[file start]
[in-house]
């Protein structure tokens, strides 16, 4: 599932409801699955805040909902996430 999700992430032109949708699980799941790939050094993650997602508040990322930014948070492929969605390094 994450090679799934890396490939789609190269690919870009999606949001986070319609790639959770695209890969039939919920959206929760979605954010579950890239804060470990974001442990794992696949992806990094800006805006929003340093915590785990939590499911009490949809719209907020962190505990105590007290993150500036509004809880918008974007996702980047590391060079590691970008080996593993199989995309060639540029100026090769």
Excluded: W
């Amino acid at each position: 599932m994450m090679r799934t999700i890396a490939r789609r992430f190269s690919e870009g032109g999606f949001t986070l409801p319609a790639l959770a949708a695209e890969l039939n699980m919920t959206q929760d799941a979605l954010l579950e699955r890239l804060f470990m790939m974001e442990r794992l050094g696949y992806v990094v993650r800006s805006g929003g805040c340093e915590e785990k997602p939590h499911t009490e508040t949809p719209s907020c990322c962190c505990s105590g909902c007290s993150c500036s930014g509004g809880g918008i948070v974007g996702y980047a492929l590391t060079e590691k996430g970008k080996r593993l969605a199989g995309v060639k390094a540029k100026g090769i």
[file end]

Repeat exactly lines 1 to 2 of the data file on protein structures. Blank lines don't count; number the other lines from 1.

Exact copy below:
[in-house]
């Protein structure tokens, strides 16, 4: 599932409801699955805040909902996430 999700992430032109949708699980799941790939050094993650997602508040990322930014948070492929969605390094 994450090679799934890396490939789609190269690919870009999606949001986070319609790639959770695209890969039939919920959206929760979605954010579950890239804060470990974001442990794992696949992806990094800006805006929003340093915590785990939590499911009490949809719209907020962190505990105590007290993150500036509004809880918008974007996702980047590391060079590691970008080996593993199989995309060639540029100026090769």